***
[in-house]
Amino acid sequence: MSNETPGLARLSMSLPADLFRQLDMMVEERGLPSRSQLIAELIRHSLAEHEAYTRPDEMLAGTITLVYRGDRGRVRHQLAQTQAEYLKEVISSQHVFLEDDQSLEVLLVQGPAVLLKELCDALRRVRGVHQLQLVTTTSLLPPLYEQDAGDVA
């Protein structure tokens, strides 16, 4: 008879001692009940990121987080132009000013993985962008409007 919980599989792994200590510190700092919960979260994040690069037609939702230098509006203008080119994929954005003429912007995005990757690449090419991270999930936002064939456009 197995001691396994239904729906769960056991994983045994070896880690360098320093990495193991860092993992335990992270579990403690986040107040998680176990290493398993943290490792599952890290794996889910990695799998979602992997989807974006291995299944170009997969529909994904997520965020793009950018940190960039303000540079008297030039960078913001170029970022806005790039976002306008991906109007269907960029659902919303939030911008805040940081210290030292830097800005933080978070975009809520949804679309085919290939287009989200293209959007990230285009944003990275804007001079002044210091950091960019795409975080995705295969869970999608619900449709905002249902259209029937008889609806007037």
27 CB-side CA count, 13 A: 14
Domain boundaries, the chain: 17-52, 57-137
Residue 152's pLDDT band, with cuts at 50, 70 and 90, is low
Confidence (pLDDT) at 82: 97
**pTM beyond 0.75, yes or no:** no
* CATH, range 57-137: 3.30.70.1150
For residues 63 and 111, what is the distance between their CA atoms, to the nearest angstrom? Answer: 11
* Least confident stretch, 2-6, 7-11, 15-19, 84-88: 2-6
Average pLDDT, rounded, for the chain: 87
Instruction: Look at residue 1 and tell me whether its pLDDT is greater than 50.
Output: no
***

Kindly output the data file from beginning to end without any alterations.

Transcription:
[in-house]
Amino acid sequence: MSNETPGLARLSMSLPADLFRQLDMMVEERGLPSRSQLIAELIRHSLAEHEAYTRPDEMLAGTITLVYRGDRGRVRHQLAQTQAEYLKEVISSQHVFLEDDQSLEVLLVQGPAVLLKELCDALRRVRGVHQLQLVTTTSLLPPLYEQDAGDVA
């Protein structure tokens, strides 16, 4: 008879001692009940990121987080132009000013993985962008409007 919980599989792994200590510190700092919960979260994040690069037609939702230098509006203008080119994929954005003429912007995005990757690449090419991270999930936002064939456009 197995001691396994239904729906769960056991994983045994070896880690360098320093990495193991860092993992335990992270579990403690986040107040998680176990290493398993943290490792599952890290794996889910990695799998979602992997989807974006291995299944170009997969529909994904997520965020793009950018940190960039303000540079008297030039960078913001170029970022806005790039976002306008991906109007269907960029659902919303939030911008805040940081210290030292830097800005933080978070975009809520949804679309085919290939287009989200293209959007990230285009944003990275804007001079002044210091950091960019795409975080995705295969869970999608619900449709905002249902259209029937008889609806007037």
27 CB-side CA count, 13 A: 14
Domain boundaries, the chain: 17-52, 57-137
Residue 152's pLDDT band, with cuts at 50, 70 and 90, is low
Confidence (pLDDT) at 82: 97
**pTM beyond 0.75, yes or no:** no
* CATH, range 57-137: 3.30.70.1150
For residues 63 and 111, what is the distance between their CA atoms, to the nearest angstrom? Answer: 11
* Least confident stretch, 2-6, 7-11, 15-19, 84-88: 2-6
Average pLDDT, rounded, for the chain: 87
Instruction: Look at residue 1 and tell me whether its pLDDT is greater than 50.
Output: no